Post # 1
So, I am adding an insert to my invitations that provides extra tidbits of info such as driving directions, wedding website, accomodations website, etc.
But, I have had several ppl mention to me that they are looking for a “date” or thinking of bringing someone. Ummm, we are not in a position to accommodate many (if any) +1’s. Especially from ppl who just want to find a “date”. We have a tight guest list. Most ppl who aren’t married or in couples are invited in addition to lots of their friends/family. No one will be a lonely Lionel with no one to talk to.
So my question is: Can I request no +1’s on the invitation insert? Is this super shady cheap-skate-y, jerky behavior? I am just so scared to get 25 +1’s!
I was thinking of wording it like this:
“Guests: Unfortunately, we will be unable to accomodate any guests not listed as the invite addressee(s) due to limited numbers. (no +1’s).”
Is this totally unacceptable? Is it right for everyone to assume I am allowing them to bring a guest (most of whom I would never have met) to my wedding??? Am I NUTS?!
Post # 3
just address the invite to that one person (dont put ‘and guest’) and then on the rsvp, put something like…. 1 seat has been reserved…. or fill in the number 1 where the rsvp says instead of leaving it blank 🙂 i think this was is more acceptable. they should get the point.
Post # 4
Dont put it in your invite. I would suggest only addressing it to people who say something to you or try to RSVP for a +1. Just tell them something along the lines of “We’re sorry, but we are having a very small wedding and our venue cannot accomodate any extra guests. In order for us to include all of our friends and family, we needed to cut down on dates and +1s.” Then stress that they will know people there and they wont be alone.
Post # 5
- Wedding: June 2011 - Greenville Country Club
@Stiz: I would definitely call the guests you’re worried may want to bring a date and explain the situation to them. As for getting your message across on the invitations, it’s all about who is on the invitation. If they’re too dense to understand this, reinforce it with a call. We’re giving our guests a subtle hint via the RSVP: “We have reserved X seats in your honor.” Here’s to hoping THREE ways of saying it makes it clear!
Post # 6
@zippylef: My sensibilities say you are right. I am just scared of how flippantly and easily people have automatically mentioned bringing a +1. Like it’s the done thing. I am wondering if it is?
@stephanie63087: I like the “1 seat has been reserved idea”. It sounds much more acceptable.
I feel like I am being rude, I just don’t want to have to have an awkward convo with 25 guests about why they can’t bring someone! I was hoping to head it off early!
Post # 7
@Stiz: Just wanted to say I loved your post title!
Post # 8
@painauchocolat: I always thought the names on the envelope were like the gospel…seems a lot of ppl don’t know that! I guess the seat reservation thing, again, is the best. And the phone calls…oh how I dread thee. lol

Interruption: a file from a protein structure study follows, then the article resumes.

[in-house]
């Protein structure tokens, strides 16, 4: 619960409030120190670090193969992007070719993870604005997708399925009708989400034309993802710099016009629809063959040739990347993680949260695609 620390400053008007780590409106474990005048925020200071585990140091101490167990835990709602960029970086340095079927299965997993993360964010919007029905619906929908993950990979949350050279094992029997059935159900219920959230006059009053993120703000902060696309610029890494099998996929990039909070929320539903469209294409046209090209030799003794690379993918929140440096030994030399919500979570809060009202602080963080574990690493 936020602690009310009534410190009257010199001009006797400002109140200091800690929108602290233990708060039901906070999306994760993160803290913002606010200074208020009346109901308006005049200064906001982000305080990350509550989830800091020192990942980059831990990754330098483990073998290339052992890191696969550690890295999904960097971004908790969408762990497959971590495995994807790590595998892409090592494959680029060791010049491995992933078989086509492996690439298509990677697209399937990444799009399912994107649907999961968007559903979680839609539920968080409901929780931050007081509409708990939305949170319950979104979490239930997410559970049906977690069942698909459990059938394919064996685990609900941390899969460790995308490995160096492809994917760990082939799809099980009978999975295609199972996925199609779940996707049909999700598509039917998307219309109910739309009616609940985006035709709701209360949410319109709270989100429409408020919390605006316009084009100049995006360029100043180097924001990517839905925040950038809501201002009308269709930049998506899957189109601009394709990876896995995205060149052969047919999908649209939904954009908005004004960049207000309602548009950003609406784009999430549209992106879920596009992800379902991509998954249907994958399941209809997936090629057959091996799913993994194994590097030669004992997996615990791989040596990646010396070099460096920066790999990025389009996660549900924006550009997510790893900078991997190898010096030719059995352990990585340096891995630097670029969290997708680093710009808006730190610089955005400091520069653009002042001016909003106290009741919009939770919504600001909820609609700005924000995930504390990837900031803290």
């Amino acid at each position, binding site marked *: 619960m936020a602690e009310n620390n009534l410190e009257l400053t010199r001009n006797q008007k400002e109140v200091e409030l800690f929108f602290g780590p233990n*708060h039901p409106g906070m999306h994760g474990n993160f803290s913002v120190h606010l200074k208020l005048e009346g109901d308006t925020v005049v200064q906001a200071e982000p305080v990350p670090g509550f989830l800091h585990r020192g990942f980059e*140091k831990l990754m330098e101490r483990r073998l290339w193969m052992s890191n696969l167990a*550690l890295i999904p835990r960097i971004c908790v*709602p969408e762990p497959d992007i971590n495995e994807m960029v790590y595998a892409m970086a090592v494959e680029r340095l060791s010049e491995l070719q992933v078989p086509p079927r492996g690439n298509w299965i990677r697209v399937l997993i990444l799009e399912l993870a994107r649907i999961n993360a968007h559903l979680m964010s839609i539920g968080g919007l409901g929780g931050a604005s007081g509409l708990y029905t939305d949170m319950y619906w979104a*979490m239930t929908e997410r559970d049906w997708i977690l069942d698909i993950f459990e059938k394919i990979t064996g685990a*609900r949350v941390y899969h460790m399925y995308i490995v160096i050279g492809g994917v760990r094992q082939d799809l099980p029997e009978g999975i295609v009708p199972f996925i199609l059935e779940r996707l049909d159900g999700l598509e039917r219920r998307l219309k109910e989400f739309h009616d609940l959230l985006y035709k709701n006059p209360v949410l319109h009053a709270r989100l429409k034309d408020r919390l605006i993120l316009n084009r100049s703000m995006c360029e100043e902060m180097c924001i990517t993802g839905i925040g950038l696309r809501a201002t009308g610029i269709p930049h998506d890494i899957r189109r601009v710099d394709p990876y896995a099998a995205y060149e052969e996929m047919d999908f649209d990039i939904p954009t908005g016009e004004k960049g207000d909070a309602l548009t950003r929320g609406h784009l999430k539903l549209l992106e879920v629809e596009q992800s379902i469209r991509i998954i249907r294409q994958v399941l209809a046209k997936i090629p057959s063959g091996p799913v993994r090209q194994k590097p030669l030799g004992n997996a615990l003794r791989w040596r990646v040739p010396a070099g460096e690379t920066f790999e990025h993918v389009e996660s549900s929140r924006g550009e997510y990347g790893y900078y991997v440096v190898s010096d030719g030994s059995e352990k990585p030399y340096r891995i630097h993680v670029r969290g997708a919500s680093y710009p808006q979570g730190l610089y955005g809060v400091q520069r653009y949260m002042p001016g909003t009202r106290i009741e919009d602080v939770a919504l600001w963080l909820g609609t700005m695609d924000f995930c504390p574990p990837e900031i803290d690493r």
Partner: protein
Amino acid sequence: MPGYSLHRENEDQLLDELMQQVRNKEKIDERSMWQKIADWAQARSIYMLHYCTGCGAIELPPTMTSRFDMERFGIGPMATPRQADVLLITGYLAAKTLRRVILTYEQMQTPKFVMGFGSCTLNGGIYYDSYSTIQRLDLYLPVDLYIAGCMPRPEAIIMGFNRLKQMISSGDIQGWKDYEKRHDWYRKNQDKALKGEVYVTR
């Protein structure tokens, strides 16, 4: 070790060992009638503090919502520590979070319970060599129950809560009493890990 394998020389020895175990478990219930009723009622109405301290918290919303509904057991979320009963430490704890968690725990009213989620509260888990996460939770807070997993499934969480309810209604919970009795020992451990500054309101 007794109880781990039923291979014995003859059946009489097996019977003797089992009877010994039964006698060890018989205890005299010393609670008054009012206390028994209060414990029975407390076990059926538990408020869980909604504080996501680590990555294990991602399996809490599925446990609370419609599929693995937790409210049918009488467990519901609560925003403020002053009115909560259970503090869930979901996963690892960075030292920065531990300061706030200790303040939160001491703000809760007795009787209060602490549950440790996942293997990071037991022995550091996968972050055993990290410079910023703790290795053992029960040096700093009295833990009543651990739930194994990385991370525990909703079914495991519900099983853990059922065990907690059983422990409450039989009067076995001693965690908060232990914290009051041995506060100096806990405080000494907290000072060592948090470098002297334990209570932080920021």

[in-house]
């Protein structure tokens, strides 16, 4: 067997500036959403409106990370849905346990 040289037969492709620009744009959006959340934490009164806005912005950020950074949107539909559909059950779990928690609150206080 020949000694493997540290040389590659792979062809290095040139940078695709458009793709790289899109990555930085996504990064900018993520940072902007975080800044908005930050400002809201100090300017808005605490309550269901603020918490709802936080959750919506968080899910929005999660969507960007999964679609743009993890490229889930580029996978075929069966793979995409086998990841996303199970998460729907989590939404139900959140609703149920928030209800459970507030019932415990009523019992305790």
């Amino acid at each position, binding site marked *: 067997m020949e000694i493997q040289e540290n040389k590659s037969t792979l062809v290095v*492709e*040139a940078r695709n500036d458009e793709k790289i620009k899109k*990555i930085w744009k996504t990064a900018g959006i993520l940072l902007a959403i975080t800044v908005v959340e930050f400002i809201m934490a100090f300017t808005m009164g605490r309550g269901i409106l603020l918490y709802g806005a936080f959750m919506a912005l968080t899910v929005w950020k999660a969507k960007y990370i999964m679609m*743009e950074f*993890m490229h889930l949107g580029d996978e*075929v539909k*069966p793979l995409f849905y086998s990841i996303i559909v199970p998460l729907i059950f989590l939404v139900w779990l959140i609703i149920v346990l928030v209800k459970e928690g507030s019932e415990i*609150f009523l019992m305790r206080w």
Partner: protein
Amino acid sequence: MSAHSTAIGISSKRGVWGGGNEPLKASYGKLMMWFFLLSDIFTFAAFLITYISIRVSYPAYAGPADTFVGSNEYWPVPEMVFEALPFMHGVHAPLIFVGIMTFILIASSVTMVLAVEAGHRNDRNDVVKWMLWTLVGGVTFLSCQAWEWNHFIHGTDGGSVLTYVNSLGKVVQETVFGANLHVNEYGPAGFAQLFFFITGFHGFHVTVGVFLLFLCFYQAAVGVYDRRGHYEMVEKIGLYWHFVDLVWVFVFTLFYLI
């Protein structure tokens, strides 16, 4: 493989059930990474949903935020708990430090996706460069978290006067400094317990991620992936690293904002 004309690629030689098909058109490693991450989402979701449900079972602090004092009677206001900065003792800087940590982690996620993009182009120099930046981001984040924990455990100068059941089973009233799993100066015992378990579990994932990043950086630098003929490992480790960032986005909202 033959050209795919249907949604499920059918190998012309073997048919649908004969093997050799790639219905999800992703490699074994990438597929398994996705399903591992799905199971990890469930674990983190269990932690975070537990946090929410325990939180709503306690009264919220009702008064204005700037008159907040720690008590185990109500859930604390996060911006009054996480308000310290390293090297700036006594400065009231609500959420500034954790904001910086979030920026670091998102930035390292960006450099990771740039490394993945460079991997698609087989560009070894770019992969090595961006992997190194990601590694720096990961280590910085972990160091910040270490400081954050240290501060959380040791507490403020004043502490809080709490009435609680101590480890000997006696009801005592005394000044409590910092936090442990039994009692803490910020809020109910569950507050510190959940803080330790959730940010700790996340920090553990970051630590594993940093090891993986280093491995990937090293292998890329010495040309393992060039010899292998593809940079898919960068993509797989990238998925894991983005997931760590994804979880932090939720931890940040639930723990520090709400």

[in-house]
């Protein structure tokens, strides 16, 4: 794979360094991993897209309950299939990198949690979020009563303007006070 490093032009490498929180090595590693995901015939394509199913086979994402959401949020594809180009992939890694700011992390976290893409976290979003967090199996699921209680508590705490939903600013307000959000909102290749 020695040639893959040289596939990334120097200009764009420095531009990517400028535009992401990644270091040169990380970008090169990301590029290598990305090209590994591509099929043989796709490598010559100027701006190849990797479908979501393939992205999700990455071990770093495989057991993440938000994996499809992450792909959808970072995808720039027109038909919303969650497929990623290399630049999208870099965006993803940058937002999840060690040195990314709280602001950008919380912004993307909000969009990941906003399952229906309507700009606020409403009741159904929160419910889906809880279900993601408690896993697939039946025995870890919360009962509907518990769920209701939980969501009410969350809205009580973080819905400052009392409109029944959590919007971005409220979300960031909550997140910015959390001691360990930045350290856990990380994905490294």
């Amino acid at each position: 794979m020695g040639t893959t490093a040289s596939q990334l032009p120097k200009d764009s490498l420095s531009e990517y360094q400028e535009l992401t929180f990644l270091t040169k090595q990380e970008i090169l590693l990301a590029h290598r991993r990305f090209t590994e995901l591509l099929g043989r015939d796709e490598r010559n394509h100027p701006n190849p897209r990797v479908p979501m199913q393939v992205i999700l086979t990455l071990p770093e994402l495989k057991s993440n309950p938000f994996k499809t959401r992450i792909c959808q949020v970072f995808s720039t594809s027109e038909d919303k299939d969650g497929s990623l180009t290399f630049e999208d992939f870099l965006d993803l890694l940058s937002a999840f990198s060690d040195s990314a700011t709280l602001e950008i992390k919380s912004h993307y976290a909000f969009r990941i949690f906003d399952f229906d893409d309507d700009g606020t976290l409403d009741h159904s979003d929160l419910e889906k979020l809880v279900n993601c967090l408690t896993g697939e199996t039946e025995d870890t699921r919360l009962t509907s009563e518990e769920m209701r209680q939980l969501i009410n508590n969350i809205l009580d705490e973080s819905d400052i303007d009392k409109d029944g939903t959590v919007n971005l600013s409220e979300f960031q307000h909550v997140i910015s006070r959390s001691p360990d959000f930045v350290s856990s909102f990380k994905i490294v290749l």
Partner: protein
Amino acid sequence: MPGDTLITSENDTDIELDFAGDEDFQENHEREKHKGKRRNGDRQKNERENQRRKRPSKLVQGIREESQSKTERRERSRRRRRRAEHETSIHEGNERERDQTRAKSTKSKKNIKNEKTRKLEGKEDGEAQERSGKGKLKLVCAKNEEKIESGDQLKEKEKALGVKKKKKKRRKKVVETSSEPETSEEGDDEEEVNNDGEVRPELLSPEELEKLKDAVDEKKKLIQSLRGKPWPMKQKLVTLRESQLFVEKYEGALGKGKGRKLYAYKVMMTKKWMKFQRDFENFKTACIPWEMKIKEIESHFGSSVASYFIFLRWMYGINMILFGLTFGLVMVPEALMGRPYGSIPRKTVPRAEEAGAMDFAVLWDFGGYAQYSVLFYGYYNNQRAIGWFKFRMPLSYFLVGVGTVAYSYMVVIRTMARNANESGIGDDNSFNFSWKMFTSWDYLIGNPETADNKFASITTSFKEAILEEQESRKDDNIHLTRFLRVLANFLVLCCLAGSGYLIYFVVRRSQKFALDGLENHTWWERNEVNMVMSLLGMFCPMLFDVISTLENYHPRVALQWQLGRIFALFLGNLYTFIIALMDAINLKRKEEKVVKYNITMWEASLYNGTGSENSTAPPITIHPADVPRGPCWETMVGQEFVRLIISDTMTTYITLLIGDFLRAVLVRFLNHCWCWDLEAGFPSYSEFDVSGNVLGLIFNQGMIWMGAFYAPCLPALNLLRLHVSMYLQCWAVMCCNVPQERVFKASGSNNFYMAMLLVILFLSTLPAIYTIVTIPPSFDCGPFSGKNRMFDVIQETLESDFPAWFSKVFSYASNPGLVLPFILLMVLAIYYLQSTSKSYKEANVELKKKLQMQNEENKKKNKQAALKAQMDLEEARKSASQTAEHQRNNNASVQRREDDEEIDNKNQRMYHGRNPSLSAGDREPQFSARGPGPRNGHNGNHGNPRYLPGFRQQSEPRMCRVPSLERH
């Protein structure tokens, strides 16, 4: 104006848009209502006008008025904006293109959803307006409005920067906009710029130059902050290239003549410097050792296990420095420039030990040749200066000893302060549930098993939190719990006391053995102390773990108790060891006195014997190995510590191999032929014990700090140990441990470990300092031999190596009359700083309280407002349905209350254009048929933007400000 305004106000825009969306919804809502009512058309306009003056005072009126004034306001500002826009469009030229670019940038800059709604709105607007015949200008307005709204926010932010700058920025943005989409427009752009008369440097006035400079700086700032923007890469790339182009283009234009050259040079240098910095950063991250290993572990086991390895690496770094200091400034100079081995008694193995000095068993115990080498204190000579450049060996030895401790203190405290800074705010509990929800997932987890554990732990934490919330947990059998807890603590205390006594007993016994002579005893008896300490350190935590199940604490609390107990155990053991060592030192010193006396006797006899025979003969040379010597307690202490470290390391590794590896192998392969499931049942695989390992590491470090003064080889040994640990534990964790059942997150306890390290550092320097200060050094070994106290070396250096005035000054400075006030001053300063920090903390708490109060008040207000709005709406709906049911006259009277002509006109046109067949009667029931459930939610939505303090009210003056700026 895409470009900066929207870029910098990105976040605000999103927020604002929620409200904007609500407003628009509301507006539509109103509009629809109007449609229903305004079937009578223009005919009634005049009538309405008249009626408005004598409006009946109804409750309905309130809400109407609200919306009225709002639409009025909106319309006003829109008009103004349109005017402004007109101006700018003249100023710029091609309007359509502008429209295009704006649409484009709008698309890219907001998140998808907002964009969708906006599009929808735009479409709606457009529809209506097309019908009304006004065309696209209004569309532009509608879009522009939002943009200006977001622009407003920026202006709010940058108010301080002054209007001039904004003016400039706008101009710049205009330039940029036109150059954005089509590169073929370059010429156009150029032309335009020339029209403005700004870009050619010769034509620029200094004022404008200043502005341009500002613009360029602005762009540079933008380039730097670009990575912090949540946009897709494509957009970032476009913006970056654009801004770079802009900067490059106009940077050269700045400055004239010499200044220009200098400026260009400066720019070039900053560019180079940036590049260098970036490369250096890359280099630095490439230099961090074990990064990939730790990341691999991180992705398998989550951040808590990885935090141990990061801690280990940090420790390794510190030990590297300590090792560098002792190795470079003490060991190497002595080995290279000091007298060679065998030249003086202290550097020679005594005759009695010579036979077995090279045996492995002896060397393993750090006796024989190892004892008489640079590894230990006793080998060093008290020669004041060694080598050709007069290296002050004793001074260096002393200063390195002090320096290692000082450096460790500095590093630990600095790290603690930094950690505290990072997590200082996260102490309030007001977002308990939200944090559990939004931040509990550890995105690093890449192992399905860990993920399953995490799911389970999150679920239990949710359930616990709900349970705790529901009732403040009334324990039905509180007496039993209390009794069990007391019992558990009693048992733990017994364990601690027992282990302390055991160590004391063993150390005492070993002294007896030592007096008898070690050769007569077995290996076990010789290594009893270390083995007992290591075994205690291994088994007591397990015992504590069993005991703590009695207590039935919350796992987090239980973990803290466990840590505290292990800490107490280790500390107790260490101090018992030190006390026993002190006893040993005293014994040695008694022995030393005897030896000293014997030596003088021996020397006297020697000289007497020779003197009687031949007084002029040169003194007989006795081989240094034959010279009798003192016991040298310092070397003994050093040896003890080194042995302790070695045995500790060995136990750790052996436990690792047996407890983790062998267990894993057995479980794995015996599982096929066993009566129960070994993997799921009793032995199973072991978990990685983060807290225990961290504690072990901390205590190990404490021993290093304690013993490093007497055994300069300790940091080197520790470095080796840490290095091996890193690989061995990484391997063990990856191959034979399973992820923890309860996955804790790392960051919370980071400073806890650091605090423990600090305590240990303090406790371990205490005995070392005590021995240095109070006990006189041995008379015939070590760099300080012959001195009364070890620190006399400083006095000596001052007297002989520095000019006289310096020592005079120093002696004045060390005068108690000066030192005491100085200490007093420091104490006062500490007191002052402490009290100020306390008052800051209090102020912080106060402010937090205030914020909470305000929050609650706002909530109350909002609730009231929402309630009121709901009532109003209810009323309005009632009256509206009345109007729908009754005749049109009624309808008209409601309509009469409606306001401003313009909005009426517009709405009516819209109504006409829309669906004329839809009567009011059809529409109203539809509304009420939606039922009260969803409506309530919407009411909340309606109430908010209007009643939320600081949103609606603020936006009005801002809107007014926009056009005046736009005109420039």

Post # 9
@Stiz: I forgot to add that we did the “# seats have been reserved in your honor” thing too. It worked out really well. We let a few people bring +1s, but only those who were in a long-term relationship and we knew their partner.
Post # 10
Don’t freak out on anyone. Most people don’t realize that a date isn’t automatic until they plan their own wedding (or have helped plan one.)
Just politely explain that you don’t have space for their guest.
Post # 11
Most of the weddings I’ve been to you only get a plus one if your +1 knows the bride or groom. We’re inviting couples where appropriate and singles where we don’t know if they even have a +1, certainly not inviting people to take dates. Its not really even a matter of money, so much as I don’t want lots of poeple I don’t know on my wedding day.
The only person who was allowed to add a late +1 is my bridesmaid who was in the very early stages of dating when we got engaged.
Post # 12
I voted for the first option, because we’re allowing plus ones. It’s definitely not the way every wedding works, though! I second PPs who said to just talk to people and let them know you can’t accomodate +1s.
Post # 13
Ha, your post title is hilarious!
Putting the text about “sorry, no +1s” on the invite seems to call more (negative) attention to it, to me. I think putting the invited guest’s name on the envelope and adding the wording of “we have reserved X seats in your honor” is sufficient If you do have anyone who asks/mentions bringing an uninvited +1, just gently tell them that you can’t accommodate any more people like PPs suggested.
And definitely don’t feel bad about excluding random +1s!
Post # 14
i feel the same way, while i would love to allow everyone to bring a plus one our venue only holds 250 max and we have already hit that number without plus ones for our guests who aren’t engaged or married. so to avoid the akward conversation with everyone our RSVP card says the following:
Your reply is requested on or before (date).
We have reserved _____ seat(s) in your honor.
___ Accept(s) with pleasure
___ Decline(s) with regrets
(list dinner option here)
we will insert the number based on if they get a plus one or not or if a whole family is invited, that way it is clear how many they can rsvp for without assuming.
Post # 15
@sonj818: I agree. When I was invited to a friend’s wedding last year, I assumed my then-boyfriend (now FI) would be invited. She gently let me know that while she would love to meet him in the future, unfortunately it wouldn’t be at the wedding. I definitely wasn’t offended, and now that I’m planning my own wedding, I completely understand!
Post # 16
I chose +1s on a case-by-case basis. I’d try to make it clear on the invite, but would avoid writing out the rule so explicitly.